Alexander Chernyshov was a son of Lieutenant General and senator, Ivan Lvovich Chernyshov. As soon as Alexander was born, his influential father "enlisted" him to the elite Mounted Guards Regiment (Конногвардейский полк) of Russian Imperial Guard. He joined the real service in Chevalier Guards in 1802, already favorably known to Emperor Alexander I.
A lieutenant of the Guards (гвардии поручик) since September 1804, he served with distinction in Battle of Wischau and Battle of Austerlitz, earning combat Order of St. Vladimir for the latter. During the War of the Fourth Coalition, Chernyshev again excelled at Battle of Heilsberg and Battle of Friedland, and was awarded Order of St. George, fourth class, and an honorary Golden Sword for Bravery. However, the coalition lost the battle and the war, and Tsar Alexander settled on diplomacy instead of fighting.
In 1808, Tsar Alexander sent Chernyshov as his private messenger to Napoleon, who at that time started the Peninsular War in Spain. Chernyshyov reached him in Bayonne, taking notes of French military development on his journey. He managed to establish a personalized link between two emperors and earned Napoleon's trust. Next year, tsar Alexander assigned Chernyshyov to be his permanent private envoy to Napoleon (parallel to regular Ambassador of Russia). Chernyshyov, a member of Napoleon's retinue, accompanied French headquarters throughout the War of the Fifth Coalition, and received the Légion d'honneur for the Battle of Wagram. In October 1809, he was promoted to the rank of Rittmeister of the Guards, next year - to Colonel.
As the military attaché of Russia in Paris (1810 - end of 1811), Chernyshyov was in charge of intelligence operations. His best known success was hiring a clerk of French General Staff, who regularly supplied the Russians with complete copies of French troop disposition. As a result, the Russians were well aware of concentration of French troops.
Another successful operation was his mediation of talks between Swedish envoys led by Karl Otto Mörner and Jean-Baptiste Bernadotte, who was elected Crown Prince of Sweden in August, 1810 and eventually ascended to the Swedish throne in 1818 as Charles XIV John of Sweden. Mutual understanding between Chernyshyov and Bernadotte became an asset in January 1812, during their negotiations about Sweden's stance in the anticipated French invasion of Russia. However, Russian diplomacy failed in recruiting Bernadotte into military coalition, and the talks culminated in the Treaty of Åbo (August 30, 1812), which upheld Sweden's friendly neutrality.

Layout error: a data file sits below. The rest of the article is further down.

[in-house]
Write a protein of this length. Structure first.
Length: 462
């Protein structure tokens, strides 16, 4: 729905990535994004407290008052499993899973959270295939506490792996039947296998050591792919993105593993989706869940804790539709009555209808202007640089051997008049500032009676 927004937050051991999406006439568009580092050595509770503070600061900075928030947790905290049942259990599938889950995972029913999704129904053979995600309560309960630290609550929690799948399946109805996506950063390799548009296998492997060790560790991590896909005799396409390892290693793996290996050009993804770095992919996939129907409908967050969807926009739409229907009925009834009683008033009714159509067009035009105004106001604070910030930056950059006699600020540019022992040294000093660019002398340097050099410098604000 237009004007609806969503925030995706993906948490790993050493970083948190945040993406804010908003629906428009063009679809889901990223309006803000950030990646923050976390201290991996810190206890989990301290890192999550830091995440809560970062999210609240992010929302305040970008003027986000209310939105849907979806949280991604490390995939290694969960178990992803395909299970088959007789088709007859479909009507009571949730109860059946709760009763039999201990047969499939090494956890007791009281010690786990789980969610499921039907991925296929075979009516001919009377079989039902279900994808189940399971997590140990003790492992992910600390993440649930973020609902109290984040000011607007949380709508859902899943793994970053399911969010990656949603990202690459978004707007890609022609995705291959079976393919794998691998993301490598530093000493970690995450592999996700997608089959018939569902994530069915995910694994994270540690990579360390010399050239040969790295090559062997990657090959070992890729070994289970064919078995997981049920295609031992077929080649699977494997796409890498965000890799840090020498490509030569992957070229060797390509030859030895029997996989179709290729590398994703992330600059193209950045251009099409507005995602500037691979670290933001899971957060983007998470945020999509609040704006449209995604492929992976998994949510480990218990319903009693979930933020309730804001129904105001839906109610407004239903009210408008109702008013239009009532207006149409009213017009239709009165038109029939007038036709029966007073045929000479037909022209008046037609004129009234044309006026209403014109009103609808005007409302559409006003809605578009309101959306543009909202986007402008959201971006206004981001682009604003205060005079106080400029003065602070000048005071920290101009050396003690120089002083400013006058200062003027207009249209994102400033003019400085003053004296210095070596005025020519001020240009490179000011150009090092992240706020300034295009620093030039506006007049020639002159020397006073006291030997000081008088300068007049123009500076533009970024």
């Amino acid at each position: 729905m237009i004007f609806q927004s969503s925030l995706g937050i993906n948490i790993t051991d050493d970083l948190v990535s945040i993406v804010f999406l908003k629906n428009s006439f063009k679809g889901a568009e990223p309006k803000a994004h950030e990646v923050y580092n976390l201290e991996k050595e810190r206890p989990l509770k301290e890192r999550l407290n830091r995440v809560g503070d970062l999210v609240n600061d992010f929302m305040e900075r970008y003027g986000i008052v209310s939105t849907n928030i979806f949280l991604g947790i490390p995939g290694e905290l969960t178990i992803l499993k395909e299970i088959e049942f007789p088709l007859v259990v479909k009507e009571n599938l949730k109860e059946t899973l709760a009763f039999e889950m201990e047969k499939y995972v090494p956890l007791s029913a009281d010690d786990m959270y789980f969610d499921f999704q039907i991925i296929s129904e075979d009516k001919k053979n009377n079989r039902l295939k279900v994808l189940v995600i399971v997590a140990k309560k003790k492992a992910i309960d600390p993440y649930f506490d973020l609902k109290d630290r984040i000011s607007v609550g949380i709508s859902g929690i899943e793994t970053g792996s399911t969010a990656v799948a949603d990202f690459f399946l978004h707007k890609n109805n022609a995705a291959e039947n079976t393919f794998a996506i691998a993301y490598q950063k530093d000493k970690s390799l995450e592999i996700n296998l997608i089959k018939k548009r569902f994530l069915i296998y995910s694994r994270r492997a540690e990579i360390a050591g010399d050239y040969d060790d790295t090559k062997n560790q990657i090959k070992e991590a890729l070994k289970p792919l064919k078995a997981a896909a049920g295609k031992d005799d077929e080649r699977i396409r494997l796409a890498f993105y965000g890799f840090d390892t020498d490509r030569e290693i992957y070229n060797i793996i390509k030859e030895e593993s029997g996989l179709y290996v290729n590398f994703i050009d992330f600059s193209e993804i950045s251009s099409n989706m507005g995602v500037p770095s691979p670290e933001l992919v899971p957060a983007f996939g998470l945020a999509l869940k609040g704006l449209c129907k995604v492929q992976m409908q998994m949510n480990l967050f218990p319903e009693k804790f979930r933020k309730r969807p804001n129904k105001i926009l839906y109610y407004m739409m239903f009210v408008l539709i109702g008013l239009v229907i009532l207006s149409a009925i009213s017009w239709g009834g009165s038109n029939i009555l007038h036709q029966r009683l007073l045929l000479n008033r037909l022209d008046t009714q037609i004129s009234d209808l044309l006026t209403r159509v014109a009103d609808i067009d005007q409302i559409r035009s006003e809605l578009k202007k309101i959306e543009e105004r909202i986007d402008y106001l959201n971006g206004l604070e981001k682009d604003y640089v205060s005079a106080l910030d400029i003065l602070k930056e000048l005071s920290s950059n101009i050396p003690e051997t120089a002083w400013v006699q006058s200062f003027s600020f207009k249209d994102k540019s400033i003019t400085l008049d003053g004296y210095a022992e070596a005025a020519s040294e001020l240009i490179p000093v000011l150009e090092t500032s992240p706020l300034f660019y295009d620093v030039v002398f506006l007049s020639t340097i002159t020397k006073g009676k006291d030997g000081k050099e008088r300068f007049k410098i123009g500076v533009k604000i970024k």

In the end of September 1812, Admiral Pavel Chichagov assigned Chernyshyov to lead a mobile detachment into the Duchy of Warsaw (south-eastern Poland), to destroy enemy food dumps and disrupt French supply lines. Chernyshyov's force included 7 squadrons of regular cavalry, three Cossacks regiments and a regiment of Kalmyks, a total of 1800 soldiers. October 11, they intercepted their first target south from Brest-Litovsk. Austrian commander Count Schwarzenberg, launched the hunt for Chernyshyov's corps. Chernyshyov responded with separating his force: while smaller detachments set up a screen diverting Austrians, the main force was plundering French and Austrian supplies and taking prisoners north. In the end, Austrians intercepted some of their property back, but Chernyshyov managed to evade the trap and returned to Russian base in Włodawa October 18.